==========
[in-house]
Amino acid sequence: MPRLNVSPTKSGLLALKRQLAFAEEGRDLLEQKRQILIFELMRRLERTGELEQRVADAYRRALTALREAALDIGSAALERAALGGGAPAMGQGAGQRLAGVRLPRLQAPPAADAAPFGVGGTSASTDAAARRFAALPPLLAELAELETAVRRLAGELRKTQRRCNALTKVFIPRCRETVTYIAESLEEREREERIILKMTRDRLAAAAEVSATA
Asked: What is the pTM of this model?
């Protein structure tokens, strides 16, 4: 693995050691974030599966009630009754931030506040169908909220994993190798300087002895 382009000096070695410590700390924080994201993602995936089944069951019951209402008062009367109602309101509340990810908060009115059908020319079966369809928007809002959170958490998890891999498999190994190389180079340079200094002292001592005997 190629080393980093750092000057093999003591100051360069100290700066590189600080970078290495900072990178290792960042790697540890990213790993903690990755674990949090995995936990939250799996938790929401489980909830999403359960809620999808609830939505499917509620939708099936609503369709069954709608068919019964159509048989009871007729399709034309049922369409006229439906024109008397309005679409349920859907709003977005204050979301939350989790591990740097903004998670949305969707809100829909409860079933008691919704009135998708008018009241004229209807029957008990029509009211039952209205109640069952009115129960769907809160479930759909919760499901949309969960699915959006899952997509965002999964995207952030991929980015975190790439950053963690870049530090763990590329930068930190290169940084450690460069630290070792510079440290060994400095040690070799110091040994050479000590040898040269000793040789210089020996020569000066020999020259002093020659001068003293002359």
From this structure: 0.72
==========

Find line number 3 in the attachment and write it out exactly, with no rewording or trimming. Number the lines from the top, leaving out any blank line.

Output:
Asked: What is the pTM of this model?